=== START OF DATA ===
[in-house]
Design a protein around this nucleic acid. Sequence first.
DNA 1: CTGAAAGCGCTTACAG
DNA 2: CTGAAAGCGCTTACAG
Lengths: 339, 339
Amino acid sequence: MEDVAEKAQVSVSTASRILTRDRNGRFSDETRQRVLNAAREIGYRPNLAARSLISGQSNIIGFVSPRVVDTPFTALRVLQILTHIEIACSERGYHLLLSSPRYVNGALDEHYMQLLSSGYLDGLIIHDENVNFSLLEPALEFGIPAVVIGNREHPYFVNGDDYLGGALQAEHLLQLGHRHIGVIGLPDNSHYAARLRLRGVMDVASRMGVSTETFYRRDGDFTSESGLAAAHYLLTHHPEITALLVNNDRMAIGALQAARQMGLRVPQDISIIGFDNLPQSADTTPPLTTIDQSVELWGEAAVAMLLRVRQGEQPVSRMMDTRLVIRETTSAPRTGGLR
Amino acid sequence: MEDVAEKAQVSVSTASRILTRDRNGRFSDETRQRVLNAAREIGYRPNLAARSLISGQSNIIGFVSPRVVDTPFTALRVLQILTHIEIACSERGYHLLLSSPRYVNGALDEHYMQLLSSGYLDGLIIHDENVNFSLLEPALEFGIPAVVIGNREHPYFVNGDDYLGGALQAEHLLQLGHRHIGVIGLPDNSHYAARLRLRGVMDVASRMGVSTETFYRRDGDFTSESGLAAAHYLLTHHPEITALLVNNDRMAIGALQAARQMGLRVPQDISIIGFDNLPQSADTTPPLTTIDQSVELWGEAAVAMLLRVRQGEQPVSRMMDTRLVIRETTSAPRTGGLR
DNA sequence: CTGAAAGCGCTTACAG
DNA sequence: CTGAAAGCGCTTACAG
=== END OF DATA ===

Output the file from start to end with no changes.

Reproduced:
[in-house]
Design a protein around this nucleic acid. Sequence first.
DNA 1: CTGAAAGCGCTTACAG
DNA 2: CTGAAAGCGCTTACAG
Lengths: 339, 339
Amino acid sequence: MEDVAEKAQVSVSTASRILTRDRNGRFSDETRQRVLNAAREIGYRPNLAARSLISGQSNIIGFVSPRVVDTPFTALRVLQILTHIEIACSERGYHLLLSSPRYVNGALDEHYMQLLSSGYLDGLIIHDENVNFSLLEPALEFGIPAVVIGNREHPYFVNGDDYLGGALQAEHLLQLGHRHIGVIGLPDNSHYAARLRLRGVMDVASRMGVSTETFYRRDGDFTSESGLAAAHYLLTHHPEITALLVNNDRMAIGALQAARQMGLRVPQDISIIGFDNLPQSADTTPPLTTIDQSVELWGEAAVAMLLRVRQGEQPVSRMMDTRLVIRETTSAPRTGGLR
Amino acid sequence: MEDVAEKAQVSVSTASRILTRDRNGRFSDETRQRVLNAAREIGYRPNLAARSLISGQSNIIGFVSPRVVDTPFTALRVLQILTHIEIACSERGYHLLLSSPRYVNGALDEHYMQLLSSGYLDGLIIHDENVNFSLLEPALEFGIPAVVIGNREHPYFVNGDDYLGGALQAEHLLQLGHRHIGVIGLPDNSHYAARLRLRGVMDVASRMGVSTETFYRRDGDFTSESGLAAAHYLLTHHPEITALLVNNDRMAIGALQAARQMGLRVPQDISIIGFDNLPQSADTTPPLTTIDQSVELWGEAAVAMLLRVRQGEQPVSRMMDTRLVIRETTSAPRTGGLR
DNA sequence: CTGAAAGCGCTTACAG
DNA sequence: CTGAAAGCGCTTACAG